When talking about a team, it is normal to talk only about the players. They are the ones playing, after all. But the coaching staff is just as important to a program's success as the players, and in the case of the ASU women’s tennis team, that statement is as true as ever.
Head coach Sheila McInerney is, by title, the leader of the staff, but she doesn't see herself that way. According to McInerney, associate head coach Matt Langley acts more like a co-head coach than an assistant.
"I see us both as co-head coaches. He does a lot of the international recruiting that we have," McInerney said. "He's very good technically, he's very good strategically and he's a worker. He puts in a lot of time on the court with the girls."
Langley has been praised for his ability to work with the team throughout the locker room, from coaches and players alike. As a former player himself, Langley is able to hone the players' skills and let them "buy into the skill set that they have."
"As a player, I'm not the biggest in stature, so I had to be a little bit smarter and figure things out on the court," Langley said. "I think I'm good at that as a coach, just figuring out tactically what is good for one player and what isn't so good for another player and finding the best style for them."
Langley will come out early for practice, sometimes four hours early, to make sure the team gets enough individual work in. Every member of the team gets at least one or two individual sessions with Langley per week.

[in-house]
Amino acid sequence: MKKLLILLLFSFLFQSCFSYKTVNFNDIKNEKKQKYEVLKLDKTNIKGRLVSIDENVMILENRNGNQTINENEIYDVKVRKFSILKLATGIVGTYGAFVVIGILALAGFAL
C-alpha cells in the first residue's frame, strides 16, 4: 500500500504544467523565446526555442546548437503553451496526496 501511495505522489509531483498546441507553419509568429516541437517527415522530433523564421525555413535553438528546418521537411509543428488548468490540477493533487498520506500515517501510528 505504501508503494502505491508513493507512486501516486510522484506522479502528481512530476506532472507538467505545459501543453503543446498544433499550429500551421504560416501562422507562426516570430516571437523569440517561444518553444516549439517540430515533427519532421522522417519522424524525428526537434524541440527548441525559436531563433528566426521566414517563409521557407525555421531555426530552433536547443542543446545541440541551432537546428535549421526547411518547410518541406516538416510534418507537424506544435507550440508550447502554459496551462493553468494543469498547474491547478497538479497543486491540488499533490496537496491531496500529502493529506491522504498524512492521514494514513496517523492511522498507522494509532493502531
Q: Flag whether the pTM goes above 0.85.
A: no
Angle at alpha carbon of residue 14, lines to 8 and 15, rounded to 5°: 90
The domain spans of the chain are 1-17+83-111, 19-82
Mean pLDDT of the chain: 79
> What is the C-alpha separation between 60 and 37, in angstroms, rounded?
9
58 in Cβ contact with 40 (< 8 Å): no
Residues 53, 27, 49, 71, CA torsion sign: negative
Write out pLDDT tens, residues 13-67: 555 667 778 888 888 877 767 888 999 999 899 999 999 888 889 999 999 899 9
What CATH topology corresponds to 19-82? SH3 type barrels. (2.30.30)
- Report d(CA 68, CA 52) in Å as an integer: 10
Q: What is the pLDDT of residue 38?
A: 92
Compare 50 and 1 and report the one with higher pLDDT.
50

"He brings the energy,"Chelsea Fontenel, a freshman studying popular music, said. "He hits with us more than any coach I've ever met – just with that he pushes us to be our best selves on the tennis court."
When asked about the tandem of McInerney and Langley, Fontenel said, "They are better together for sure."
McInerney and Langley proved that they certainly are better together last year when they were awarded best head coach and assistant coach in the Southwest, respectively, by the Intercollegiate Tennis Association.
Originally from Australia, Langley got his start in coaching at the same place he played at: Middle Tennessee State University. After his playing career, he went back home to Australia with his fiancee for a year, but ultimately decided to come back to Tennessee, where his fiancee is from.
"(It) just so happened that the women's assistant job was open, and (I) sort of fell into coaching initially," Langley said.
After two successful years at MTSU, Langley was able to get in touch with McInerney about the job at ASU and has been in Tempe for the past eight years.
Eight years is a long time for an assistant to be in one spot, especially for one as good as Langley. Being from Australia, Langley is used to the warm weather and sunshine, but those aren't the main factors that have kept him in Arizona for so long. He pointed to McInerney as a reason for him staying put.
"Sheila is really important, just her giving me a chance and an opportunity here," Langley said. "I'm not really the type of person who's always looking for the better deal or better situation. I owe a lot to her. She's done a lot of things for me, as a person and for my career, and that means a lot to me."
ASU is coming off of a sweep of the Los Angeles schools, USC and UCLA, this past weekend. With three games remaining, they still have work to do as the conference tournaments approach. But with the help of "co-head coaches" McInerney and Langley, the team is in great hands.
Edited by Kathryn Field, Reagan Priest and Caera Learmonth.